Keep arbitration an option for older Americans
The Protecting Older Americans Act is a misnamed bill that would prevent older employees from filing claims through arbitration
(Photo: Getty Images)
Thanks to the arbitration process in Tennessee, countless employees have negotiated reasonable settlements with businesses regarding many types of disputes. As a student at the University of Tennessee studying this very issue, I know that this system has proven to be an efficient process that saves everyone thousands of dollars and wastes little time.
Still, not everyone is happy with arbitration. Members of the trial bar have sought to end this process, as it prevents them from being able to charge exorbitant legal fees. To accomplish this goal, they have lobbied Congress to pass the Protecting Older Americans Act. This legislation would halt older employees from filing claims through arbitration. Instead, these workers would now be forced to go through long, expensive court litigation that could cost thousands.
Arbitration already helps ensure plaintiffs are able to maximize their financial settlement. Individuals who file under this system win around $70,000 in settlement funds, while those using the court litigation system win much less at nearly $60,000. This $10,000 difference— a huge sum to many working families — would deprive older workers from receiving all of the settlement funds they are entitled to. At the same time, businesses save money by not having to pay expensive court litigation fees.
To ensure parties an equitable process, the country’s largest arbitration groups have developed non-negotiable neutrality requirements for all cases. This includes the nation’s leading arbitration service provider, the American Arbitration Association (AAA), which orders impartiality and conflict of interest disclosure from all arbitrators, while also allowing conflicting parties equal say in the arbitrator selection process. Any case that does not comply with these rules is spurred by the AAA.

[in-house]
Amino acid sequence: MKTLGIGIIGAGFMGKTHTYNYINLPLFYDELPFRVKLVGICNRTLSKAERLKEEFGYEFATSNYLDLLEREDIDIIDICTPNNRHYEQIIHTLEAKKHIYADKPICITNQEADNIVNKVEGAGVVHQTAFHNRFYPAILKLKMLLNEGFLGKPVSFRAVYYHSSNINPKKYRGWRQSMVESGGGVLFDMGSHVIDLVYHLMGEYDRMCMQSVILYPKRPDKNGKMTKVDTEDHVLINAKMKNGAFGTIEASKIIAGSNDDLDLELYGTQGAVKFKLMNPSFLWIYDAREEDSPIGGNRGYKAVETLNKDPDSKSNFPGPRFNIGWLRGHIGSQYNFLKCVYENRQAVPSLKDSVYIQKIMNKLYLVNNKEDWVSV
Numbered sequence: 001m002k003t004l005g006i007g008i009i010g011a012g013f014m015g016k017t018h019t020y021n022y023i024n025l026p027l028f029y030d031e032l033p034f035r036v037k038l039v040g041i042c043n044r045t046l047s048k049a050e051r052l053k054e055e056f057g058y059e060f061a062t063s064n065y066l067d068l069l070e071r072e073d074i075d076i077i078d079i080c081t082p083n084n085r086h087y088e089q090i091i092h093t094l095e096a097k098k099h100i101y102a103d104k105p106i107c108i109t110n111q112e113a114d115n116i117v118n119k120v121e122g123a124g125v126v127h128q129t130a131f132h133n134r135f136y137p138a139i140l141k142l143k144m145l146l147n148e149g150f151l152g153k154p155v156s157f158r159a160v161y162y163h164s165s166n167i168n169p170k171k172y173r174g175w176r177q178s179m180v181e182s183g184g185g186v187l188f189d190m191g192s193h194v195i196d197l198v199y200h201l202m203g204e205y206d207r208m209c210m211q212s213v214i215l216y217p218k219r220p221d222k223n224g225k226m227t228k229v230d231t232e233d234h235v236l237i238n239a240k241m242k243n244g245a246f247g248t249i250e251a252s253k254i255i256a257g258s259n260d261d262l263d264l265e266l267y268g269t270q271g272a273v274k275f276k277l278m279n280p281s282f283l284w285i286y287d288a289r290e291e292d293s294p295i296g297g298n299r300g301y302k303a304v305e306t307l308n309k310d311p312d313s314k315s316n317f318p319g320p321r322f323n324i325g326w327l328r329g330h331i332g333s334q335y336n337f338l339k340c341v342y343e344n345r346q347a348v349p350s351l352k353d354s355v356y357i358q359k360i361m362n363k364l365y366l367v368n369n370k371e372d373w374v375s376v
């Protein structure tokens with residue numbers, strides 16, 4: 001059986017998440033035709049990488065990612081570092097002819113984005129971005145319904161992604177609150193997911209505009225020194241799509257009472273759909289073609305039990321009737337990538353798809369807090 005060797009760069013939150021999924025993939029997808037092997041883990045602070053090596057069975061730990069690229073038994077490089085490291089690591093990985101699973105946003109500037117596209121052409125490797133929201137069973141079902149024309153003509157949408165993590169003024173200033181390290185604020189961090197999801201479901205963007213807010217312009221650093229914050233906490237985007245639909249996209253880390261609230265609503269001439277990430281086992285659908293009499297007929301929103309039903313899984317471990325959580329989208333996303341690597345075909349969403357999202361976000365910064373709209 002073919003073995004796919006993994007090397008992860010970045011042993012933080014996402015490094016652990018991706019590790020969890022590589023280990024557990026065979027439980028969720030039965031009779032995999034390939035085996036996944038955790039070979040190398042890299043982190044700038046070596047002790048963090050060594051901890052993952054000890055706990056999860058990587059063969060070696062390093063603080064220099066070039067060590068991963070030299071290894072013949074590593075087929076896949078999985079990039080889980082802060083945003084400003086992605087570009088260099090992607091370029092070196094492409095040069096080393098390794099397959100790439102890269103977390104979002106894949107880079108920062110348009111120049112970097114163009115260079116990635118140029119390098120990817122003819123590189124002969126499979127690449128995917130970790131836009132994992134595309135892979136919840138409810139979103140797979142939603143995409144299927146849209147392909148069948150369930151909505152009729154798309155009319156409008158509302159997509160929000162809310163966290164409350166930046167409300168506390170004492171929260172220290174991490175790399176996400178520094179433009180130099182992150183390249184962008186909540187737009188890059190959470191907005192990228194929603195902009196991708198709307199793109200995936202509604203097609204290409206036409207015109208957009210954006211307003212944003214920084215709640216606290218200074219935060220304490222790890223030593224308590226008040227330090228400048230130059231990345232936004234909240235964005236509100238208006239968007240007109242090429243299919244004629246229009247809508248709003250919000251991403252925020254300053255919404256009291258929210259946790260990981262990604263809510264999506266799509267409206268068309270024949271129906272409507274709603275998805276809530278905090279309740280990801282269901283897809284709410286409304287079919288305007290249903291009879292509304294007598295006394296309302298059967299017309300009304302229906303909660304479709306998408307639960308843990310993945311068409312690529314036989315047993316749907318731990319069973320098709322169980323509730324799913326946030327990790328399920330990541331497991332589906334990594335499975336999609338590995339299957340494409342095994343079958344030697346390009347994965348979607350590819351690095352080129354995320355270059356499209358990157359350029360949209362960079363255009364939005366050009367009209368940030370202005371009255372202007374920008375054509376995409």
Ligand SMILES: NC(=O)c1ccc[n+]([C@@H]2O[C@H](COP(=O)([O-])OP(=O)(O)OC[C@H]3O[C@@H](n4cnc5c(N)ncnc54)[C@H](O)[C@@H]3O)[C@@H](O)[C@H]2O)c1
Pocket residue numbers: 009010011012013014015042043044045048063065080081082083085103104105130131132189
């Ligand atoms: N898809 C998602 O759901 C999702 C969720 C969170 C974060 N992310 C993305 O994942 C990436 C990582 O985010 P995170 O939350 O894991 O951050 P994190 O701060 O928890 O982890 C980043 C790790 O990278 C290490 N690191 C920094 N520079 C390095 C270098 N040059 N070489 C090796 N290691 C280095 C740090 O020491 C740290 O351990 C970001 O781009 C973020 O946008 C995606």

Several legal levers are also in place to ensure arbitration outcomes are subject to public disclosure. Long standing court orders provide disputing parties the opportunity to openly discuss a case as they so please. Other states have passed legislation mandating arbitral forums like the AAA reveal the outcome of these proceedings.
It is clear that arbitration has provided disputing parties with a fair resolution process. It has also made sure that an individual’s financial background is not an issue for filing claims. We can certainly see this when it comes to employment disputes, where plaintiffs may not be able to retain a contingency-fee attorney due to the case’s lack of financial incentive.
Passing the Protecting Older Americans Act into law is a step in the wrong direction. By preventing age discrimination cases from utilizing pre-dispute arbitration clauses, it would mark the end of arbitration as we know it. This is because these clauses allow parties to arrange legal terms in good faith in advance of any future dispute. Without them, disputing parties are unlikely to broker such an agreement after a conflict arises.
As an employee rights advocate, I can vouch for the fact that arbitration is an essential process for resolving disputes, saving years of extensive litigation and countless dollars. It is vital for us to protect workers and defend arbitration by stopping Congress from passing the Protecting Older Americans Act.
GET THE MORNING HEADLINES DELIVERED TO YOUR INBOX
Our stories may be republished online or in print under Creative Commons license CC BY-NC-ND 4.0. We ask that you edit only for style or to shorten, provide proper attribution and link to our web site. Please see our republishing guidelines for use of photos and graphics.